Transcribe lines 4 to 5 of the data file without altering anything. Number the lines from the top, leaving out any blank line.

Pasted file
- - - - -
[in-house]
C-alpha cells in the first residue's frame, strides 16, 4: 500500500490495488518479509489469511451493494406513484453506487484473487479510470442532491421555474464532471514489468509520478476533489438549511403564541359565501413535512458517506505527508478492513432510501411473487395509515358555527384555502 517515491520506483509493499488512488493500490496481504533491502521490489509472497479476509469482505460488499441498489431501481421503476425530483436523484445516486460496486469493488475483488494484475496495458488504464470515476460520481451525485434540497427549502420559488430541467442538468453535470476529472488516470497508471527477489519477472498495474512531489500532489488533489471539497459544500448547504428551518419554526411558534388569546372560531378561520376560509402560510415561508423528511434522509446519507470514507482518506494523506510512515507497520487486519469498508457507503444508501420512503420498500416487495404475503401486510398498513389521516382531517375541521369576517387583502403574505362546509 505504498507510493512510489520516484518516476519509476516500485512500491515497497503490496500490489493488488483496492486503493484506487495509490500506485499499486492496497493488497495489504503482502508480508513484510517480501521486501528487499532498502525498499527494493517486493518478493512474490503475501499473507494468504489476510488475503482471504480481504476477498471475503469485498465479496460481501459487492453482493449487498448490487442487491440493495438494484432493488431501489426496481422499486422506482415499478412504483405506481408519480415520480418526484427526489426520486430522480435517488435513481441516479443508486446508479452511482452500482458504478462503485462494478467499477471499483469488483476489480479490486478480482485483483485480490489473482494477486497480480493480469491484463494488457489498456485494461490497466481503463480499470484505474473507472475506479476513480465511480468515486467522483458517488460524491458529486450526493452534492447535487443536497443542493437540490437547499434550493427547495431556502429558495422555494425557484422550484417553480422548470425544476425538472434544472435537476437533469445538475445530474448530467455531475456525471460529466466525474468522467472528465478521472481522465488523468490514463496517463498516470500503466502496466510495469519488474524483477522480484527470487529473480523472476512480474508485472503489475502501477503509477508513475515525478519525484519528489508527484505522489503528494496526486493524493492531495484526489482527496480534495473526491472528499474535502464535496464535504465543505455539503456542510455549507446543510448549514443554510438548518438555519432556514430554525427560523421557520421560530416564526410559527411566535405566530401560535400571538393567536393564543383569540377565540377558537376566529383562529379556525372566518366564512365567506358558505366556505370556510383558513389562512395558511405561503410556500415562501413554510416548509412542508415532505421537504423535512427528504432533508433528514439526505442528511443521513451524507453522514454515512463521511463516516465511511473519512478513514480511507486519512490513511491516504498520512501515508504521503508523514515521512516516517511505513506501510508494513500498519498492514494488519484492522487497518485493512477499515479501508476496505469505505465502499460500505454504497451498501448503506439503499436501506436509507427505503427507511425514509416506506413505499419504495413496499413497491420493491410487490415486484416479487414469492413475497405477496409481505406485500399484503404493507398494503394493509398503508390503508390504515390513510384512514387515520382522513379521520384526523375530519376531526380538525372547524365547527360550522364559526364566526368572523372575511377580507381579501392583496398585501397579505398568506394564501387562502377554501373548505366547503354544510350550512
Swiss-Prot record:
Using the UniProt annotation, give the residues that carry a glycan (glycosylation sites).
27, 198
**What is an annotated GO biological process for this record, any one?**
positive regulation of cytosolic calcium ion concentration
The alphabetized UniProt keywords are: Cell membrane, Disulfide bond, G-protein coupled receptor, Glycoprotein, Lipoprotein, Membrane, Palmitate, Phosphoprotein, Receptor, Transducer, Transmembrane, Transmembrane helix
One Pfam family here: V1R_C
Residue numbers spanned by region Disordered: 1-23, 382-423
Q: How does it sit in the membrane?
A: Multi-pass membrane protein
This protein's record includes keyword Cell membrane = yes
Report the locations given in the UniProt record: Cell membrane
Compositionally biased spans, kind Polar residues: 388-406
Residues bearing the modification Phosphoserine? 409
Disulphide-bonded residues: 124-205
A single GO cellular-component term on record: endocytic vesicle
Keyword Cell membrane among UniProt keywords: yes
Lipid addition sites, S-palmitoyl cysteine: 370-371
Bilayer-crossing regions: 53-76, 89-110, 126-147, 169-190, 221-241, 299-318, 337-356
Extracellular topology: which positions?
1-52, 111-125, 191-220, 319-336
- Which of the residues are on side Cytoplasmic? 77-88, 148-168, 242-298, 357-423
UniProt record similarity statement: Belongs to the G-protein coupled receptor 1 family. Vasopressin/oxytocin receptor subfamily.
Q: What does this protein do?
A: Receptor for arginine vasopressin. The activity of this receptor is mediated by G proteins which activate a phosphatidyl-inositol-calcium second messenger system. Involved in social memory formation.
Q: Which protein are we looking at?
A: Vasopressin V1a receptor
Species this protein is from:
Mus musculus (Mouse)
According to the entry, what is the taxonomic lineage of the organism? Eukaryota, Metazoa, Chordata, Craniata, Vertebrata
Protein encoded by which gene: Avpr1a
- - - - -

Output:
Using the UniProt annotation, give the residues that carry a glycan (glycosylation sites).
27, 198